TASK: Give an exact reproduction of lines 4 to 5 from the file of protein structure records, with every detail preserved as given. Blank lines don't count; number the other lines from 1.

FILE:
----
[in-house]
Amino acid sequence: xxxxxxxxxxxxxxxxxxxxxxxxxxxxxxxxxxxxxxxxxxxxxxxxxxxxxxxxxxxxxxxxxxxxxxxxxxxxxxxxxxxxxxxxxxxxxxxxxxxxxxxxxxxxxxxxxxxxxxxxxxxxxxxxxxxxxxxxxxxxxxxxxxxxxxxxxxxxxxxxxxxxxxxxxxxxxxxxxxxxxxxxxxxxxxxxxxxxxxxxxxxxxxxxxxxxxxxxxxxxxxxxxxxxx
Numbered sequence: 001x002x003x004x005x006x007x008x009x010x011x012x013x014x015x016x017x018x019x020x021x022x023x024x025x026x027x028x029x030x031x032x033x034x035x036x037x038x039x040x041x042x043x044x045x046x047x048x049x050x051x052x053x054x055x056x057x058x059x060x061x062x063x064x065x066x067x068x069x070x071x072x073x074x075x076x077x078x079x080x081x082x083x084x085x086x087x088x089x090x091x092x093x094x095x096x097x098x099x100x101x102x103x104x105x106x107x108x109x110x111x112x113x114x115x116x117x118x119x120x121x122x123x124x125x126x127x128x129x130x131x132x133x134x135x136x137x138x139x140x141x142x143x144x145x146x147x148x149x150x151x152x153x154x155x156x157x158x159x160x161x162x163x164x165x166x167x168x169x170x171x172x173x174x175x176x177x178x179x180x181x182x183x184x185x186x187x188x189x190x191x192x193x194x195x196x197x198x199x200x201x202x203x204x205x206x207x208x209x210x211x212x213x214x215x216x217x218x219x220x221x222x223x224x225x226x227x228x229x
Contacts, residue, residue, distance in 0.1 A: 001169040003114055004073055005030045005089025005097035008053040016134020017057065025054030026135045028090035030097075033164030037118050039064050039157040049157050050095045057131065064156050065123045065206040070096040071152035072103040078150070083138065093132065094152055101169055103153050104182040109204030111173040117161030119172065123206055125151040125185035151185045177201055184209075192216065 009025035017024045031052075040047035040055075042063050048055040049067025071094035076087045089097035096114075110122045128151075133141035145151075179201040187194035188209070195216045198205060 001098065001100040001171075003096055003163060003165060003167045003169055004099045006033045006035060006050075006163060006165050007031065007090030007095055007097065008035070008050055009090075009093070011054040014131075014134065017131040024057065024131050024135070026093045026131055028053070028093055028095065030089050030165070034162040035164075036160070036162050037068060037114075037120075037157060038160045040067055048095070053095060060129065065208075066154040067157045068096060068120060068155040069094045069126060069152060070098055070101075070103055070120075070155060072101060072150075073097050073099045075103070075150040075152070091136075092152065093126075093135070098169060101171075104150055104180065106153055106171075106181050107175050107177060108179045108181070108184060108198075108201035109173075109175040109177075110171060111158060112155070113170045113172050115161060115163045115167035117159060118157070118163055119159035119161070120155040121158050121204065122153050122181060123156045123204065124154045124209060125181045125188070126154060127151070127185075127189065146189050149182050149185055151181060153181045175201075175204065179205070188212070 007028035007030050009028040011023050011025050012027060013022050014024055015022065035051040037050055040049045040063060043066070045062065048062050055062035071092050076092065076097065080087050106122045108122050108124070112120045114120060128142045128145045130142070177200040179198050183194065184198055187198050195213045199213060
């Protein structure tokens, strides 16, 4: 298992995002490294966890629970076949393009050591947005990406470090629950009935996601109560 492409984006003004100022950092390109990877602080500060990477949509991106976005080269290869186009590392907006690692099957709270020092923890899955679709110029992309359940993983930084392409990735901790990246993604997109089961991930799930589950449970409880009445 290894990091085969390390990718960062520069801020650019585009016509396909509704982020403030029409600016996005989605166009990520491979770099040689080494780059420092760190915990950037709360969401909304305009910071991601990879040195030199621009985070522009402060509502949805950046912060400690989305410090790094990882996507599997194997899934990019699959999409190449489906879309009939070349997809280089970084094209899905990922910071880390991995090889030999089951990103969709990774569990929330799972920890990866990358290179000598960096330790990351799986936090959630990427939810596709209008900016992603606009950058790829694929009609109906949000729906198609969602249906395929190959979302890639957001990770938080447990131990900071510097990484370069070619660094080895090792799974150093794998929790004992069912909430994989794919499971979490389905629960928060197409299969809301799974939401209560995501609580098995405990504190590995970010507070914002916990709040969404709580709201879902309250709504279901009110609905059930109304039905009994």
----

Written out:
Contacts, residue, residue, distance in 0.1 A: 001169040003114055004073055005030045005089025005097035008053040016134020017057065025054030026135045028090035030097075033164030037118050039064050039157040049157050050095045057131065064156050065123045065206040070096040071152035072103040078150070083138065093132065094152055101169055103153050104182040109204030111173040117161030119172065123206055125151040125185035151185045177201055184209075192216065 009025035017024045031052075040047035040055075042063050048055040049067025071094035076087045089097035096114075110122045128151075133141035145151075179201040187194035188209070195216045198205060 001098065001100040001171075003096055003163060003165060003167045003169055004099045006033045006035060006050075006163060006165050007031065007090030007095055007097065008035070008050055009090075009093070011054040014131075014134065017131040024057065024131050024135070026093045026131055028053070028093055028095065030089050030165070034162040035164075036160070036162050037068060037114075037120075037157060038160045040067055048095070053095060060129065065208075066154040067157045068096060068120060068155040069094045069126060069152060070098055070101075070103055070120075070155060072101060072150075073097050073099045075103070075150040075152070091136075092152065093126075093135070098169060101171075104150055104180065106153055106171075106181050107175050107177060108179045108181070108184060108198075108201035109173075109175040109177075110171060111158060112155070113170045113172050115161060115163045115167035117159060118157070118163055119159035119161070120155040121158050121204065122153050122181060123156045123204065124154045124209060125181045125188070126154060127151070127185075127189065146189050149182050149185055151181060153181045175201075175204065179205070188212070 007028035007030050009028040011023050011025050012027060013022050014024055015022065035051040037050055040049045040063060043066070045062065048062050055062035071092050076092065076097065080087050106122045108122050108124070112120045114120060128142045128145045130142070177200040179198050183194065184198055187198050195213045199213060
């Protein structure tokens, strides 16, 4: 298992995002490294966890629970076949393009050591947005990406470090629950009935996601109560 492409984006003004100022950092390109990877602080500060990477949509991106976005080269290869186009590392907006690692099957709270020092923890899955679709110029992309359940993983930084392409990735901790990246993604997109089961991930799930589950449970409880009445 290894990091085969390390990718960062520069801020650019585009016509396909509704982020403030029409600016996005989605166009990520491979770099040689080494780059420092760190915990950037709360969401909304305009910071991601990879040195030199621009985070522009402060509502949805950046912060400690989305410090790094990882996507599997194997899934990019699959999409190449489906879309009939070349997809280089970084094209899905990922910071880390991995090889030999089951990103969709990774569990929330799972920890990866990358290179000598960096330790990351799986936090959630990427939810596709209008900016992603606009950058790829694929009609109906949000729906198609969602249906395929190959979302890639957001990770938080447990131990900071510097990484370069070619660094080895090792799974150093794998929790004992069912909430994989794919499971979490389905629960928060197409299969809301799974939401209560995501609580098995405990504190590995970010507070914002916990709040969404709580709201879902309250709504279901009110609905059930109304039905009994």